In one day the Government of Canada drastically reshaped the country’s 60-year-old energy regulatory landscape.
Goodbye, National Energy Board. Hello, Canadian Energy Regulator and Impact Assessment Agency of Canada.
The federal changes announced Thursday to increase certainty for approvals of energy and other resource-related projects, while far from perfect, do address some issues that have confounded the National Energy Board (NEB) for more than a decade.
The National Energy Board will transform into the Canadian Energy Regulator (CER), which will have a governance structure similar to that of the Alberta Energy Regulator. The chair and board of directors will be separate from the chief executive and hearing commissioners.
It means the CER — which will remain in Calgary — will not be in the position of judge and jury, as the NEB has found itself in recent years.
A second part of the regulatory shift is the creation of the Impact Assessment Agency of Canada. The new agency replaces the Canadian Environmental Assessment Agency, though it’s mandate goes further.
Some might say too far.
It will assess the impacts of projects encompassing economic, environmental, social and Indigenous issues. It is also where proponents of larger and designated projects will get an early indication of what’s needed to get approval or, conversely, to decide — before too much time and money is spent — whether to walk away.
Natural Resources Minister Jim Carr said the new framework will provide more certainty, and earlier in the process.
“It will be far more transparent and at a stage when heavy investment is required, proponents will know what the likelihood of success will be. That has been missing,” Carr said in Calgary.
The NEB, in recent years, had become the place where all grievances related to energy development came to be aired.
That expanded scope was never contemplated in legislation that created the National Energy Board, but it had slowly crept into the regulator’s mandate. It was not the place for public engagement, yet that’s what it had become.
Now there is such a place.
Yet there are still some missing links following Thursday’s announcement, including what constitutes a “designated” versus “non-designated” project. The government is putting that out to Canadians.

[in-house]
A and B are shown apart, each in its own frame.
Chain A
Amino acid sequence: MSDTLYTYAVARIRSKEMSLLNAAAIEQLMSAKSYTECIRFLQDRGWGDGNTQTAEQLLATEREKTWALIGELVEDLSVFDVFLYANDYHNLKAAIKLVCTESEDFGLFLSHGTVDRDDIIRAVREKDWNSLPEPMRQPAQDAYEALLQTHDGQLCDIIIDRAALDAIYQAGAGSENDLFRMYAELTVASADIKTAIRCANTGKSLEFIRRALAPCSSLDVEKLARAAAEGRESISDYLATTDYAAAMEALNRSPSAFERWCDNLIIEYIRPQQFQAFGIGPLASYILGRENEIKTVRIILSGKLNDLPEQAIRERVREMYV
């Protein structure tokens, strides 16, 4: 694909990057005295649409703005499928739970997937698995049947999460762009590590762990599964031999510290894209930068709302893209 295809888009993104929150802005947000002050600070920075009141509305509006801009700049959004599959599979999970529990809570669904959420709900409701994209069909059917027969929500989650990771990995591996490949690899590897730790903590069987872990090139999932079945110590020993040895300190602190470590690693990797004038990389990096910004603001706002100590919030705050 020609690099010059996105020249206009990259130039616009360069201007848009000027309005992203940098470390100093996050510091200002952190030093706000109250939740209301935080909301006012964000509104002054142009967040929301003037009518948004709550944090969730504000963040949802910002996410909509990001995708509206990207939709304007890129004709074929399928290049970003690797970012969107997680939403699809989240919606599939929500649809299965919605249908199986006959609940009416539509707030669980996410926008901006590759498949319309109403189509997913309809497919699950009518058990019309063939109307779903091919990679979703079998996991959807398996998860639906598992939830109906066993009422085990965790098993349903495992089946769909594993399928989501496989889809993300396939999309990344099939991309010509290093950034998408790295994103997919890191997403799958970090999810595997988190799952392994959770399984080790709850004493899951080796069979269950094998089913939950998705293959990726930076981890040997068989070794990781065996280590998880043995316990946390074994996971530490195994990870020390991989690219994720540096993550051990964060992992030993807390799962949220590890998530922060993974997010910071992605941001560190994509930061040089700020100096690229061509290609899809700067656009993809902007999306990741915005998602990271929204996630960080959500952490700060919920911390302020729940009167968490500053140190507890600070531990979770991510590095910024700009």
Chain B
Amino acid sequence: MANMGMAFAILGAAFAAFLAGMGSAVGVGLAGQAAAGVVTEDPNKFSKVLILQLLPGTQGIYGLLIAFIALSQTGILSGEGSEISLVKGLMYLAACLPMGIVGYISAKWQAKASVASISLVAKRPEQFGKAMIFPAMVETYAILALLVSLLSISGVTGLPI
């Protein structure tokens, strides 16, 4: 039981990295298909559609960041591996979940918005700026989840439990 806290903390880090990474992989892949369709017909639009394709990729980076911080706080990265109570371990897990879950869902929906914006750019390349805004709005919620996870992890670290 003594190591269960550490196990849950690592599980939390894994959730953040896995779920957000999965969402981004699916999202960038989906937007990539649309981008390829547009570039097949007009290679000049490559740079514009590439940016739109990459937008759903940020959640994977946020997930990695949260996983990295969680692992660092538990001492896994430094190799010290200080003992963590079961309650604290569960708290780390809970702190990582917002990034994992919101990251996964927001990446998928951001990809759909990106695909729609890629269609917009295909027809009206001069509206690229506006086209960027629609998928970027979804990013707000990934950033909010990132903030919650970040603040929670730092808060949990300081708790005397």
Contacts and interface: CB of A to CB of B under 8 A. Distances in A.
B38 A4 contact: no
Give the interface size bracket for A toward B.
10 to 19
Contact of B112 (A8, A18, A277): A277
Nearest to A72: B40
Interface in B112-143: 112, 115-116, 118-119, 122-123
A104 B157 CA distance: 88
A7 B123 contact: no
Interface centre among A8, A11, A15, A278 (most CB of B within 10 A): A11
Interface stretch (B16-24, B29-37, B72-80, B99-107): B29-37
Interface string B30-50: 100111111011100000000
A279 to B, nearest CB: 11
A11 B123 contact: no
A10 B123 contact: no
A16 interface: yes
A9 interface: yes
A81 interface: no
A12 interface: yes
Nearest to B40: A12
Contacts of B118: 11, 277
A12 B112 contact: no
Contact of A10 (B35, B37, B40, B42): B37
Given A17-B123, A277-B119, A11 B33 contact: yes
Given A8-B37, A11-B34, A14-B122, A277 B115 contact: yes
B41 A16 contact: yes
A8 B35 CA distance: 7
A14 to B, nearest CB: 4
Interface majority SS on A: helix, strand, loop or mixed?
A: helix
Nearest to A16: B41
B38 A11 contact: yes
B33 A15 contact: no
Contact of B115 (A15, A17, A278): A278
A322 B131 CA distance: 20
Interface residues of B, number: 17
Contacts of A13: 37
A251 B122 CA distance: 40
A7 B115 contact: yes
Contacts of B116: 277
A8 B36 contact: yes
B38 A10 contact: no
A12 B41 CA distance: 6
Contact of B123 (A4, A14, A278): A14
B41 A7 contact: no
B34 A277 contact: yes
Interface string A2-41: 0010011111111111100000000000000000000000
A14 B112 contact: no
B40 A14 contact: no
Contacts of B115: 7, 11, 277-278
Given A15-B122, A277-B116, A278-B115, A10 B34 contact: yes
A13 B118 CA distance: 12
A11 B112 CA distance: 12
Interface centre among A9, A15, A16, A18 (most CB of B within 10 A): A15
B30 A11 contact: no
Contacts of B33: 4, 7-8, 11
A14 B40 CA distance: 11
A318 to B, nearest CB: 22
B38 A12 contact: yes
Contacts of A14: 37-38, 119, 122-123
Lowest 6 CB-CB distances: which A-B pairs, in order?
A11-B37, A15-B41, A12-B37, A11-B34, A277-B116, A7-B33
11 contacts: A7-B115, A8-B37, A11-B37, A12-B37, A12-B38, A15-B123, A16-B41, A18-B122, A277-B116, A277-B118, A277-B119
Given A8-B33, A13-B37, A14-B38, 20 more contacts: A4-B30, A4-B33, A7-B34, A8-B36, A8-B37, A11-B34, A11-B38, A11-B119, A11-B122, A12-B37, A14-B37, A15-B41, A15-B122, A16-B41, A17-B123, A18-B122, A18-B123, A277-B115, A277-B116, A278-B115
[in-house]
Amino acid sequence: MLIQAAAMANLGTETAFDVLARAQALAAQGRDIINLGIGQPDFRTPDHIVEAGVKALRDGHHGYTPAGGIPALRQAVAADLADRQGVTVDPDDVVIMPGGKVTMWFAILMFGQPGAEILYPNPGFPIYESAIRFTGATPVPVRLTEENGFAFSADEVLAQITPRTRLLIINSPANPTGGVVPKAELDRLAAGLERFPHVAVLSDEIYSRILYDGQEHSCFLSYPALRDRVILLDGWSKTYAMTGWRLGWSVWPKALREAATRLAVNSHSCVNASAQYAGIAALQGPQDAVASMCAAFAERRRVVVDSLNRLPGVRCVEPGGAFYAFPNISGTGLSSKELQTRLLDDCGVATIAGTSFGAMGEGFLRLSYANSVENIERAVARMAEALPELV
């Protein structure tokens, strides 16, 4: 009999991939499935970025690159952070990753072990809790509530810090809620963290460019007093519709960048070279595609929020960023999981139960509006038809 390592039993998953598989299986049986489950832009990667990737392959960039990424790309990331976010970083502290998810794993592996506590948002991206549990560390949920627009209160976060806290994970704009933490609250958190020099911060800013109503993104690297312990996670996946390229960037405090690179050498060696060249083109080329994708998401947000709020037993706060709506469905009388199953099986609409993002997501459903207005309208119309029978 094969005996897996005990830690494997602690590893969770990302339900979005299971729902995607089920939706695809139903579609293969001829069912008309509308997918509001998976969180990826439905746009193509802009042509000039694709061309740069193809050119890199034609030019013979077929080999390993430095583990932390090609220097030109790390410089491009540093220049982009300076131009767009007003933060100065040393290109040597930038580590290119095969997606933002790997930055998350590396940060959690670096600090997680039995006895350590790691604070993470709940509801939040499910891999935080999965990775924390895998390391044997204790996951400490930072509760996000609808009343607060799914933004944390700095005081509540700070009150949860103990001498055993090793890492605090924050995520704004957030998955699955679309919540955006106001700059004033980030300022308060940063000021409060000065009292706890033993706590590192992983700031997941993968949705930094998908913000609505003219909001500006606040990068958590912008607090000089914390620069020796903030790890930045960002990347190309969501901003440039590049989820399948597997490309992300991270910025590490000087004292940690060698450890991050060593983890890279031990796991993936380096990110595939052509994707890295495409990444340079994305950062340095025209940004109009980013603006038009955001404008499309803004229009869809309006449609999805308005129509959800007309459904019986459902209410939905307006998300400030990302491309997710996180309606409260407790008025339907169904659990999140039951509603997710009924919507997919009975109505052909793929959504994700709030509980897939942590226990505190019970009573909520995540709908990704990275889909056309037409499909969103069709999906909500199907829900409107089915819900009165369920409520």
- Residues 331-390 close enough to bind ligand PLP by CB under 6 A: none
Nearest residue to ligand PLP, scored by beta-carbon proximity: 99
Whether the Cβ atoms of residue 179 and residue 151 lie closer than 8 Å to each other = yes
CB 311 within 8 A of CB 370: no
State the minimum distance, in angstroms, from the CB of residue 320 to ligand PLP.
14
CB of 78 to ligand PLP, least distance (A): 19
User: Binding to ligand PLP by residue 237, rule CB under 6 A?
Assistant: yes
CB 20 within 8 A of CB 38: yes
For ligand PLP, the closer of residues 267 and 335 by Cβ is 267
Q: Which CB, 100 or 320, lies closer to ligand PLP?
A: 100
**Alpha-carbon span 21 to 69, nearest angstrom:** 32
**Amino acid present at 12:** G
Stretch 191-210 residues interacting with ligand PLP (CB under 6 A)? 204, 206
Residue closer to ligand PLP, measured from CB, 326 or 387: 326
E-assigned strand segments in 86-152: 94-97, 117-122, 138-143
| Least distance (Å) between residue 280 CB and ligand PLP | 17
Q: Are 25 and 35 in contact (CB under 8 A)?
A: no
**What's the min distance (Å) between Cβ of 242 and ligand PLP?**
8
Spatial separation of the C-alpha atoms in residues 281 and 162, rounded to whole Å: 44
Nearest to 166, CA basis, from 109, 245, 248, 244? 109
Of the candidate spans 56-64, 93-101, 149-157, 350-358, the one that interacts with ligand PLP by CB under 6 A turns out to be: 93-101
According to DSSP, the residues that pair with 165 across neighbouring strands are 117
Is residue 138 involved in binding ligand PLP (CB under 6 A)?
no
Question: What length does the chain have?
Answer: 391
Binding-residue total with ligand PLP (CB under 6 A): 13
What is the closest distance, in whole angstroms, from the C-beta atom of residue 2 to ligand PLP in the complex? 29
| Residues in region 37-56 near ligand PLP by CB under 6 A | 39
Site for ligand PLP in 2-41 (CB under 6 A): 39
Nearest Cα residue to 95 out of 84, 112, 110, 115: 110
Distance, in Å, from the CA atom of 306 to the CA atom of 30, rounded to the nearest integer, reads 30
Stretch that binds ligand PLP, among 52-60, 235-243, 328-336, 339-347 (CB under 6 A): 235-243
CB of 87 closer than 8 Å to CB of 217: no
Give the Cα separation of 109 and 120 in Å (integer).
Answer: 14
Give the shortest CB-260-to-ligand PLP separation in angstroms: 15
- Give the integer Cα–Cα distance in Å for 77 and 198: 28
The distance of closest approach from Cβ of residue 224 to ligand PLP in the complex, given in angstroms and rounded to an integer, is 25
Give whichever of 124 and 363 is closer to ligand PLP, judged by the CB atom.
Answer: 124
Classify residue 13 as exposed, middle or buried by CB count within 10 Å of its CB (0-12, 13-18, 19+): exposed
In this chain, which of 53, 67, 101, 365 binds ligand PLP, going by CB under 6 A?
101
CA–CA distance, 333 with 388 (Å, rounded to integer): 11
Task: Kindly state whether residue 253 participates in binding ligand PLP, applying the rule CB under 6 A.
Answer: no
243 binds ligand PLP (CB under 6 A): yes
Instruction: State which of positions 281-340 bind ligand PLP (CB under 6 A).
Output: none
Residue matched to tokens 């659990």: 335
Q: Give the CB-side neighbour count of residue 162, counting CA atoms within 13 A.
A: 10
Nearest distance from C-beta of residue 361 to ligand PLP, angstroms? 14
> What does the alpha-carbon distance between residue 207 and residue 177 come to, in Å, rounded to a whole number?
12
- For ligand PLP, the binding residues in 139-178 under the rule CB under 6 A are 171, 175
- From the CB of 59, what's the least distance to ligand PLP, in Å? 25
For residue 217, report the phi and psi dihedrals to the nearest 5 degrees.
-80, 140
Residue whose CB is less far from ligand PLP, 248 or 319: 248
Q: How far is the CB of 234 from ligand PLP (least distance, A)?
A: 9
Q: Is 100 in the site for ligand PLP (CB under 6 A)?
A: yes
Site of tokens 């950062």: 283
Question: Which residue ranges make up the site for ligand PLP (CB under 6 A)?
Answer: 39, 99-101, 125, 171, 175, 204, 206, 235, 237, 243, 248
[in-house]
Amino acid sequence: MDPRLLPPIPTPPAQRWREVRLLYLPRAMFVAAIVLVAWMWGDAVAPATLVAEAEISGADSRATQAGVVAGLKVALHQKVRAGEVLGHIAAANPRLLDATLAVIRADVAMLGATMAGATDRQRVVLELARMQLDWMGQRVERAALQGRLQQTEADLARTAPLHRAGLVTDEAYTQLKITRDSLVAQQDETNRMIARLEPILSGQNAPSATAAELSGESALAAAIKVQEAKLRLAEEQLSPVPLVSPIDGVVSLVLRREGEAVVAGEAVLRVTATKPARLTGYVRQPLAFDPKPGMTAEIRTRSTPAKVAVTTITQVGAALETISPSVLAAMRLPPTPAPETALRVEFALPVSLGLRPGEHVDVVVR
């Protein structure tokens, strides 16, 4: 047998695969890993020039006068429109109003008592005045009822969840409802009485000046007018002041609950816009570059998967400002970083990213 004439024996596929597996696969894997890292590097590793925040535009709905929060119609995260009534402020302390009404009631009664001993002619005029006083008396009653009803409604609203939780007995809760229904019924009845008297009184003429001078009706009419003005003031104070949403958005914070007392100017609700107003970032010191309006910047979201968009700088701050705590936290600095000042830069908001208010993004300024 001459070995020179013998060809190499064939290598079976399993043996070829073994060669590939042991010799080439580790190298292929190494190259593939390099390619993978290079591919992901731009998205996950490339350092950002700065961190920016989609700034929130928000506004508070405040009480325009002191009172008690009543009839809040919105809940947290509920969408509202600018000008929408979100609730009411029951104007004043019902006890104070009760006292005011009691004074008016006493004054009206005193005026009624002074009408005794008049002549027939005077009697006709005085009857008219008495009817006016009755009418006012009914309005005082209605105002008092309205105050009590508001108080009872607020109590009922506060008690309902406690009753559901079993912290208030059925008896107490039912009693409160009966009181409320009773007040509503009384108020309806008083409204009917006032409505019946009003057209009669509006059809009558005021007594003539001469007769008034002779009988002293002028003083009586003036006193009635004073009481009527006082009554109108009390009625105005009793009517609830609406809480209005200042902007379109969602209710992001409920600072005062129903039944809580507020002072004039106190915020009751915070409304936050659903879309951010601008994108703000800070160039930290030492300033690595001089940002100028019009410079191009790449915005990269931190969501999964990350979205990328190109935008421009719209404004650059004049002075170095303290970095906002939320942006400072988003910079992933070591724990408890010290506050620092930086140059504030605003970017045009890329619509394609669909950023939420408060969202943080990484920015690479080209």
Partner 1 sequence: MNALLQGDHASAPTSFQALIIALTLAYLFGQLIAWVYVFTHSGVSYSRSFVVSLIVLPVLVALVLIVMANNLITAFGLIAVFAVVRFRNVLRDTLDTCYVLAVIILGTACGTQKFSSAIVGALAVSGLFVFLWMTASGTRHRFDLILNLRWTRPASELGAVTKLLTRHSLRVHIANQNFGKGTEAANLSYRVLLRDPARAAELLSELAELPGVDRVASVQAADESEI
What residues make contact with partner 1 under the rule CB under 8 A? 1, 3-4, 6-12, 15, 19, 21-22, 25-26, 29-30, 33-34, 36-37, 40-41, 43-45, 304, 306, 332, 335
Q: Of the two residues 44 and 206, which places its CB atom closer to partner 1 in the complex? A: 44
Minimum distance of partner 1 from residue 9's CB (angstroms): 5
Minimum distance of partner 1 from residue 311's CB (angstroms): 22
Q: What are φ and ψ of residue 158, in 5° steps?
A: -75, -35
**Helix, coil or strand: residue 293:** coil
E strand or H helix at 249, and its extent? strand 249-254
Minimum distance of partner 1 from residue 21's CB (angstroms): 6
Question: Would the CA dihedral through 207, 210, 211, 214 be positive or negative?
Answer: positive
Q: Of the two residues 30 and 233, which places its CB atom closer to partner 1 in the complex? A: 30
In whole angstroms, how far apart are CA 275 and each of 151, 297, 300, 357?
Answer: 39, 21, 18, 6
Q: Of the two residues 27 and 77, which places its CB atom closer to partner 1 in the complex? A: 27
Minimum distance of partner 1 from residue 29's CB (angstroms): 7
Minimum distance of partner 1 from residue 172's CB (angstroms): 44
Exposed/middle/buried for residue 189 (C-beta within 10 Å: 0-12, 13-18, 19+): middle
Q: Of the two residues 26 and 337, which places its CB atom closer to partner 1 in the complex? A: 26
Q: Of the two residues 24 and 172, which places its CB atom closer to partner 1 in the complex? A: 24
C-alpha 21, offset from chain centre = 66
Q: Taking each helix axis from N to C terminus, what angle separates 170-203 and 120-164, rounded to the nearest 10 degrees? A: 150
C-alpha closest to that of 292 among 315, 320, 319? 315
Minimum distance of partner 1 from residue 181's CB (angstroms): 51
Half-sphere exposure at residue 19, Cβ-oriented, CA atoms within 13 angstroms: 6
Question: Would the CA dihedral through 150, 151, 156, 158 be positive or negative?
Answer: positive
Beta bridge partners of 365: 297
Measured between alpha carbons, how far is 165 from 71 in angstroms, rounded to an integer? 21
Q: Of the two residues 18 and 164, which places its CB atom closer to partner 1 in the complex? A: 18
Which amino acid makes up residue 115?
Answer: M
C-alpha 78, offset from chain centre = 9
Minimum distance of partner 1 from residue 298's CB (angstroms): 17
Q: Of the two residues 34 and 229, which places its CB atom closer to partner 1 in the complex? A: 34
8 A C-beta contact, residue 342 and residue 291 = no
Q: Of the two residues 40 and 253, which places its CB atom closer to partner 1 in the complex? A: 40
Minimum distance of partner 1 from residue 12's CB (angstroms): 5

“There’s a project list and it will be discussed by Canadians … and the items on the project list would be the major ones that fall under federal jurisdiction and have major impact such as major pipeline projects, any operation that crosses provincial lines and be subject to federal review,” said Carr
“When they are undesignated then the CER will determine in a much shorter time frame, whether there will be an approval.”
A project deemed to be designated would be jointly reviewed by the IAAC and the CER. According to the New Canadian National Regulator Handbook released Thursday, the report from a joint assessment would feature two sections — one from the CER and the other from the impact assessment.
While eliminating duplication is positive, this approach means a project is de facto before two regulators. And when it comes to major or designated projects, it appears the IAAC will prevail.
Will the announced changes be enough to eliminate the uncertainty that has come to define the regulatory process in Canada?
In that context, Suncor CEO Steve Williams’ comments Thursday during his company’s quarterly earnings call, must be heeded.
“We’re having to look at Canada quite hard,” he said. “The cumulative impact of regulation and higher taxation than other jurisdictions is making Canada a more difficult jurisdiction to allocate capital in.”
And while the new legislation talks of reduced time lines for project approvals, what’s not specifically addressed is what stops and starts the clock.
Carr said it could only stop for legislated reasons, but what those are remain undefined.
In other words, the timeline for a non-designated project may be reduced from 450 days to 300, but does the clock stop when a proponent is answering questions from the regulator? Can questions be continuously submitted, keeping the clock paused indefinitely?
“We have seen the cancellation of Northern Gateway, Energy East and LNG projects. We are hearing from many sources: Canada, you are off our radar and you have a reputational problem,” said Tim MacMillan, president and CEO of the Canadian Association of Petroleum Producers
“This is an opportunity to make a step change on clarity and give confidence to investors and be clear and crisp what our regulatory system is, and what the goal-line is. I can’t tell you today that the framework that was put out today gets us there, because I believe we need a step change, but we are going to work with government to make this as good as possible.”
It’s the details that matter, and much depends on how the regulations unfold.
There are valid concerns about the how much bigger the scope of review will be under the IAAC and whether that agency will have sufficient energy-related expertise.
Some see Thursday’s announcement as another unnecessary layer of process; a move by the Liberal government to placate all constituents that could lead to paralysis rather than progress.
Success will be seeing project approvals not subject to further opposition because adequate consultation and assessment has taken place.
And that’s what must happen for Canada to shake its reputation as a place where major projects of significant value — in terms of investment and economic benefit — don’t happen.
Deborah Yedlin is a Calgary Herald columnist
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